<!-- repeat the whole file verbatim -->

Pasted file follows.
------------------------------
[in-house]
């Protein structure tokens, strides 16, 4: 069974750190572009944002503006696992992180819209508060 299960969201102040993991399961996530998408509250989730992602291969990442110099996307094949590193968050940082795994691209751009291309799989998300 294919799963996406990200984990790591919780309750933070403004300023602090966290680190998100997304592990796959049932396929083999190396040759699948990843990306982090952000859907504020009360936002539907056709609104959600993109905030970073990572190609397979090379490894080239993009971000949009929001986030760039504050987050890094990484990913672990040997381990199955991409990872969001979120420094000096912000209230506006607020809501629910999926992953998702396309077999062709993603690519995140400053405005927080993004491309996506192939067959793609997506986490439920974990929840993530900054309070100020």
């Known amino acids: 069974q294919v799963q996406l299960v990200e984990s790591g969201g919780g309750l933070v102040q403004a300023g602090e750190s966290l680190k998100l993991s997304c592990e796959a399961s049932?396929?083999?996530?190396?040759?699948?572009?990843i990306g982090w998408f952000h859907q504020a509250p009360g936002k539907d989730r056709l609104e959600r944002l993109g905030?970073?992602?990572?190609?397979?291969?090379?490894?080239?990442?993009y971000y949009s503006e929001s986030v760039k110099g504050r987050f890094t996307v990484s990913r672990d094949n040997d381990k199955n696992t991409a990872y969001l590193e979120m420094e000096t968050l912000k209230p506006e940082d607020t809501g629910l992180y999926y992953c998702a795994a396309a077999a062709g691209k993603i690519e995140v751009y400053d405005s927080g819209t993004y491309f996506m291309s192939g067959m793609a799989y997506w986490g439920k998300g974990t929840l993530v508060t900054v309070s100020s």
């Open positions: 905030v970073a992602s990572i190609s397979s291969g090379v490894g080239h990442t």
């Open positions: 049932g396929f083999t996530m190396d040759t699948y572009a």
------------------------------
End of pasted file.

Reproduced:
[in-house]
């Protein structure tokens, strides 16, 4: 069974750190572009944002503006696992992180819209508060 299960969201102040993991399961996530998408509250989730992602291969990442110099996307094949590193968050940082795994691209751009291309799989998300 294919799963996406990200984990790591919780309750933070403004300023602090966290680190998100997304592990796959049932396929083999190396040759699948990843990306982090952000859907504020009360936002539907056709609104959600993109905030970073990572190609397979090379490894080239993009971000949009929001986030760039504050987050890094990484990913672990040997381990199955991409990872969001979120420094000096912000209230506006607020809501629910999926992953998702396309077999062709993603690519995140400053405005927080993004491309996506192939067959793609997506986490439920974990929840993530900054309070100020």
């Known amino acids: 069974q294919v799963q996406l299960v990200e984990s790591g969201g919780g309750l933070v102040q403004a300023g602090e750190s966290l680190k998100l993991s997304c592990e796959a399961s049932?396929?083999?996530?190396?040759?699948?572009?990843i990306g982090w998408f952000h859907q504020a509250p009360g936002k539907d989730r056709l609104e959600r944002l993109g905030?970073?992602?990572?190609?397979?291969?090379?490894?080239?990442?993009y971000y949009s503006e929001s986030v760039k110099g504050r987050f890094t996307v990484s990913r672990d094949n040997d381990k199955n696992t991409a990872y969001l590193e979120m420094e000096t968050l912000k209230p506006e940082d607020t809501g629910l992180y999926y992953c998702a795994a396309a077999a062709g691209k993603i690519e995140v751009y400053d405005s927080g819209t993004y491309f996506m291309s192939g067959m793609a799989y997506w986490g439920k998300g974990t929840l993530v508060t900054v309070s100020s």
């Open positions: 905030v970073a992602s990572i190609s397979s291969g090379v490894g080239h990442t």
């Open positions: 049932g396929f083999t996530m190396d040759t699948y572009a």